Should I form an LLC or a corporation?
Fairly frequently, an individual will ask me whether he should form a limited liability company (LLC) or corporation for his business. Here are the factors that I typically find are most important.
First, we can pretty much dismiss income tax considerations. While by default, an LLC is not taxed as a separate entity but a corporation is taxed separately, there are ways to override the default tax treatments. An LLC may elect to be taxed as a separate entity by filing IRS Form 8832. Subject to certain limitations, a corporation can avoid separate taxation (i.e., can become an “S corporation”) by filing IRS Form 2553.
The following are the factors that, in my experience, are most likely to lead an entrepreneur to form a corporation rather than an LLC:
- An expectation that outside funding will be sought, especially from institutional investors (venture capitalists, in particular, tend to invest only in corporations).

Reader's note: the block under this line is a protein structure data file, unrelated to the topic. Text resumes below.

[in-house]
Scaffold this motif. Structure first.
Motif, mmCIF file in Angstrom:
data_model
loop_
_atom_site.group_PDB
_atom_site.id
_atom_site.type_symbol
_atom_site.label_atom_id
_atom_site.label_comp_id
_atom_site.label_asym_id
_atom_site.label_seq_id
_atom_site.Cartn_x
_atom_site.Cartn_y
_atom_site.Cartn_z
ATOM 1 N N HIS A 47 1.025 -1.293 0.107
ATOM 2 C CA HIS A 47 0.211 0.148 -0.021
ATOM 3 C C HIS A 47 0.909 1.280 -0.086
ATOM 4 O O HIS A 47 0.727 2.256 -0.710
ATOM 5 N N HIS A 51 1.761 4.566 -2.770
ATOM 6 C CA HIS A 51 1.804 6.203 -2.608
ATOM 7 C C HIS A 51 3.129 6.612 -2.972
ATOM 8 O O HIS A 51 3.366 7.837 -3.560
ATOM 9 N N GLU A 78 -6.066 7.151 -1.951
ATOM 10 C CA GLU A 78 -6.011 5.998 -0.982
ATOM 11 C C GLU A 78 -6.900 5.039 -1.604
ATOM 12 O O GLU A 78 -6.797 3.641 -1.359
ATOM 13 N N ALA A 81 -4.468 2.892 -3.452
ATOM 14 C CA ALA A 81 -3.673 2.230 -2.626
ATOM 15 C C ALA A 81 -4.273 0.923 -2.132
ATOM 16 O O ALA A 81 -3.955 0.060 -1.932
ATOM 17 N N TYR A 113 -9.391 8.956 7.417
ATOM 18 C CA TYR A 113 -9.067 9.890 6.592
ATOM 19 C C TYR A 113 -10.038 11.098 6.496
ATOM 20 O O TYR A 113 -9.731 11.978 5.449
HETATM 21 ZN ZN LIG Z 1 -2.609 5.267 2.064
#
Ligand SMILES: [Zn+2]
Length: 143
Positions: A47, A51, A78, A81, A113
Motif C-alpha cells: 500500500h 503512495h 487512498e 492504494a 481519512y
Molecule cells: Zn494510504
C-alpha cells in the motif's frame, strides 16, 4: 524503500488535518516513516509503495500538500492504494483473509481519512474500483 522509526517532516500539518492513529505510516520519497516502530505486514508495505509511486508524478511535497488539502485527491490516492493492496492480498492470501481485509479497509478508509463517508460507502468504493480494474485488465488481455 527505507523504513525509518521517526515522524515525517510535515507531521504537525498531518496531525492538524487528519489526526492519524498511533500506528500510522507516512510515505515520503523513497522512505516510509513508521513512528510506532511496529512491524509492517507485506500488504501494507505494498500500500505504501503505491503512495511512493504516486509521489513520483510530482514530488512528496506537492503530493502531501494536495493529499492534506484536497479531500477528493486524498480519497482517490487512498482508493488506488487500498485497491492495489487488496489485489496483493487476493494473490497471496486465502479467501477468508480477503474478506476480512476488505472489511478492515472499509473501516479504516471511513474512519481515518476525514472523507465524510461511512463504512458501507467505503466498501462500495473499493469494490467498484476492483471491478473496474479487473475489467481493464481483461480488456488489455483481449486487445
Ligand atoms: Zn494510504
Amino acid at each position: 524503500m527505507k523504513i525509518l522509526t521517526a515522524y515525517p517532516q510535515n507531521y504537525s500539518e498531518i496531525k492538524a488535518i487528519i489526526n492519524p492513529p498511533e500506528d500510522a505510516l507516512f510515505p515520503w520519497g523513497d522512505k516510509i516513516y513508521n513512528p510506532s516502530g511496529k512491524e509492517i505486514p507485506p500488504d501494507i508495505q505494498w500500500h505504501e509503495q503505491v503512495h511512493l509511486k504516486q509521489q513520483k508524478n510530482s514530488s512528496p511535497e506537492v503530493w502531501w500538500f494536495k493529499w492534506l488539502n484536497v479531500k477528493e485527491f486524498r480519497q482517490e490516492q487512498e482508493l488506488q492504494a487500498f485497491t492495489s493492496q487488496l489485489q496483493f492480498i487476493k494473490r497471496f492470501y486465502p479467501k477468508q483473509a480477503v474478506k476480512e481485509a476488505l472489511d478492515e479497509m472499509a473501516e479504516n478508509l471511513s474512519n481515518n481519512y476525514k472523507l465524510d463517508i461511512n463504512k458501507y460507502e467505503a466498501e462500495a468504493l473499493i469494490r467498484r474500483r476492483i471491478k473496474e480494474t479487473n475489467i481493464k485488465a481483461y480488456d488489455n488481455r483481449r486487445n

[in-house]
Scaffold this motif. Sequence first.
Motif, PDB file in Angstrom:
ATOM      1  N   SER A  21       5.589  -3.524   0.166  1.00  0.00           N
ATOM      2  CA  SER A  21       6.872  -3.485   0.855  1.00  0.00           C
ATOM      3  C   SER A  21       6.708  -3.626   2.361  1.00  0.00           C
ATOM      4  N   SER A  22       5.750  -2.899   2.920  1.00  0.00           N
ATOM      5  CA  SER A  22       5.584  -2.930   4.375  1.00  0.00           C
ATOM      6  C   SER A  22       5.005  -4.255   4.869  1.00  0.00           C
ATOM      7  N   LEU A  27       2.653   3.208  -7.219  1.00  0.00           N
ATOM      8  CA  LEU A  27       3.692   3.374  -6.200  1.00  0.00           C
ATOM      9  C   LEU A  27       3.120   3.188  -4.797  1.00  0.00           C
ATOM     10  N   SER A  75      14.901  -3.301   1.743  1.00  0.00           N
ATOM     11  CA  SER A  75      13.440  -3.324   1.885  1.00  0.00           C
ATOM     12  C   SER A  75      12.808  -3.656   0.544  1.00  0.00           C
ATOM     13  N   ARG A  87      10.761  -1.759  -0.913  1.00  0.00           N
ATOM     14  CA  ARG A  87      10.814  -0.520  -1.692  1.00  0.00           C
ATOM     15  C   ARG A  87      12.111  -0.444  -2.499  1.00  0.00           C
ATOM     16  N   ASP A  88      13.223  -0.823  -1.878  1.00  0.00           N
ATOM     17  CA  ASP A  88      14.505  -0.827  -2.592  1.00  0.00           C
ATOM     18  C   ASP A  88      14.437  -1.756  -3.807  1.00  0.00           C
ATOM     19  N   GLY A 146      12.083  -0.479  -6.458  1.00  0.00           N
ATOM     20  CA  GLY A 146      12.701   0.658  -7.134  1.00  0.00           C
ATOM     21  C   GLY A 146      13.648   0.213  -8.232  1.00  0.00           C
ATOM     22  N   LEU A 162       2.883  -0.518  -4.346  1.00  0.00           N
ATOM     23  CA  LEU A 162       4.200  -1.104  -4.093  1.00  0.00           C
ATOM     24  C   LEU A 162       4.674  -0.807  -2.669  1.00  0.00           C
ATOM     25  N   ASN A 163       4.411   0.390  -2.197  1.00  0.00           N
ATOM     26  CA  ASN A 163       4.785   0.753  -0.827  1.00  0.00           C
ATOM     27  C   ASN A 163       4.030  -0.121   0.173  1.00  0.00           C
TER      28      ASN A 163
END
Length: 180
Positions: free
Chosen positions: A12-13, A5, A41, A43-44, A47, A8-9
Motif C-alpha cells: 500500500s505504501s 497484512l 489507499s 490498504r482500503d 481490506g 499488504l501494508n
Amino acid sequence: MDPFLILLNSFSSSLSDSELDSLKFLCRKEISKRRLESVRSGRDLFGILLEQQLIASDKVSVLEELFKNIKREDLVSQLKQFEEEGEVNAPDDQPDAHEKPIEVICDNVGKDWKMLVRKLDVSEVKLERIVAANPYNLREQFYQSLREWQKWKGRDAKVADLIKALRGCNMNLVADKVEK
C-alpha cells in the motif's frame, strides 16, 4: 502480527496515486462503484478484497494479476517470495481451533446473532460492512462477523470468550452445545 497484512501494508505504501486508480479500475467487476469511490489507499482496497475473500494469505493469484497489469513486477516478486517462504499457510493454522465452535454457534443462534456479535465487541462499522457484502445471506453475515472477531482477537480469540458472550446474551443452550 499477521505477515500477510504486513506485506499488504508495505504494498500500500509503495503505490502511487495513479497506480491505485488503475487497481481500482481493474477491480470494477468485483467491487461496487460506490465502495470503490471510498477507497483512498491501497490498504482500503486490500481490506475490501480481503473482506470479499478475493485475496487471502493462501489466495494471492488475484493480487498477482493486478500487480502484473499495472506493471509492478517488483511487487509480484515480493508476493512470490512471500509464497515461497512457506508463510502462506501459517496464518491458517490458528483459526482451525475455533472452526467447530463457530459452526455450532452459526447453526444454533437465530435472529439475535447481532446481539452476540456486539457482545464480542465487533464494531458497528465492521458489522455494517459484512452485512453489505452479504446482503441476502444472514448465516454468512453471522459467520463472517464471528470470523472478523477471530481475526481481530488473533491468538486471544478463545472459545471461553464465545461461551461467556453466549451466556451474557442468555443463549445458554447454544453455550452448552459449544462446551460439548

- A desire to offer tax-advantageous equity ownership interests to employees and independent contractors (more straightforward to accomplish with a corporation than with an LLC).
- Prospective customers may feel that a corporation is more substantial and more “real” than an LLC (marketing and sales consideration).
The most significant disadvantage of a corporation is compliance-related overhead: The need to conduct annual shareholder meetings and regular board meetings and to prepare and file minutes for those meetings.
So what I have seen among my clients is: If none of the pro-corporation factors described above is present, the client forms an LLC to avoid the expense and effort associated with compliance-related tasks.
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This blog does not provide legal advice and does not create an attorney-client relationship. If you need legal advice, please contact an attorney directly.